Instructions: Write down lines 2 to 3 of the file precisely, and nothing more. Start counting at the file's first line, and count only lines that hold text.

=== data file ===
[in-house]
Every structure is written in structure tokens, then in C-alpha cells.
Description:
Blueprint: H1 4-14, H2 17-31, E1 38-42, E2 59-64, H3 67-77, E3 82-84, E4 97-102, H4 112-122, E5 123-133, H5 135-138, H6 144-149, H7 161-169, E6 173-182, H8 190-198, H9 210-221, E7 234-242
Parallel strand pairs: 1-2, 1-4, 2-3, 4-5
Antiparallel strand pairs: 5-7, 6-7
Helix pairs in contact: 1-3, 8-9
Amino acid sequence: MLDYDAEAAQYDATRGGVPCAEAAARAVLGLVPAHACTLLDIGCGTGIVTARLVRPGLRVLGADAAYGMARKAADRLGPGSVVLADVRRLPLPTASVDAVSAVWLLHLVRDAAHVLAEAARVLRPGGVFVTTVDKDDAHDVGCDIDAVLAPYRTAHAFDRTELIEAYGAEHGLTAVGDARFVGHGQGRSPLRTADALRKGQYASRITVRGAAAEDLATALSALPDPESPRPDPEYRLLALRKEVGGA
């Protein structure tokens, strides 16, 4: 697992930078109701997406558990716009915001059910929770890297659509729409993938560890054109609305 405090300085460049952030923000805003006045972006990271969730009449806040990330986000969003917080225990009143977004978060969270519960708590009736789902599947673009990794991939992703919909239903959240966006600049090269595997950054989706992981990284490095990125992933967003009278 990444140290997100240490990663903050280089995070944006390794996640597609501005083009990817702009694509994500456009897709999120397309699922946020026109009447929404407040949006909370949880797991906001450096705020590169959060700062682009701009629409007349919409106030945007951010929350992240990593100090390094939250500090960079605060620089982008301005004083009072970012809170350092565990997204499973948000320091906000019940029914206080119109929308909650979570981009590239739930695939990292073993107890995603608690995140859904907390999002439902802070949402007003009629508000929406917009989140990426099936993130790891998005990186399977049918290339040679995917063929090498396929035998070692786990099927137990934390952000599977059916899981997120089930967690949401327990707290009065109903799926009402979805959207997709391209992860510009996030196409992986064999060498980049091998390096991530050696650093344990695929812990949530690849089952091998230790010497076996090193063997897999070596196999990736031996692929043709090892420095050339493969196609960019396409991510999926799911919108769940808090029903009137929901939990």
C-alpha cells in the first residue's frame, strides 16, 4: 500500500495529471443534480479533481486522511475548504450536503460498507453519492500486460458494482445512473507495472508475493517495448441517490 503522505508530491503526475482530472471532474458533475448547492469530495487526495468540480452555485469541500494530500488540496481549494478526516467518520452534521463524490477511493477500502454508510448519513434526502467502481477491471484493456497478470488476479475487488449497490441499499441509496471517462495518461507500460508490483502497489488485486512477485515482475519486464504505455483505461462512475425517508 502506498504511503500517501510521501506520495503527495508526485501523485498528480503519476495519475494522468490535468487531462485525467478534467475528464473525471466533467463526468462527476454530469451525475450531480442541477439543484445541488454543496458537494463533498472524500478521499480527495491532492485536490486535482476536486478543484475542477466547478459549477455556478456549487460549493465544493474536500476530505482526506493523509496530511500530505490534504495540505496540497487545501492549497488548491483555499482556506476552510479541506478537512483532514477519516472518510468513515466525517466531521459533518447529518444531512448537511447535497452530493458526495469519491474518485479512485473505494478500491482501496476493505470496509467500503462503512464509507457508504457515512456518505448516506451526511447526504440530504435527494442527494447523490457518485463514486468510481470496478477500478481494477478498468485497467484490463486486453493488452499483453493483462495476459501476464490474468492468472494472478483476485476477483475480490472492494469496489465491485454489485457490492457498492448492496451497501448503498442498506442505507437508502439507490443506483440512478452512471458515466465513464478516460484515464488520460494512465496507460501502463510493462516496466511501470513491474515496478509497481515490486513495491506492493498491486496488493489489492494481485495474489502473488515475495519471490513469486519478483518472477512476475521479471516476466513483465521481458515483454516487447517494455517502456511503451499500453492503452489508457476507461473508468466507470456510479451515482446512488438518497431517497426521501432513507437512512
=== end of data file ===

Every structure is written in structure tokens, then in C-alpha cells.
Description: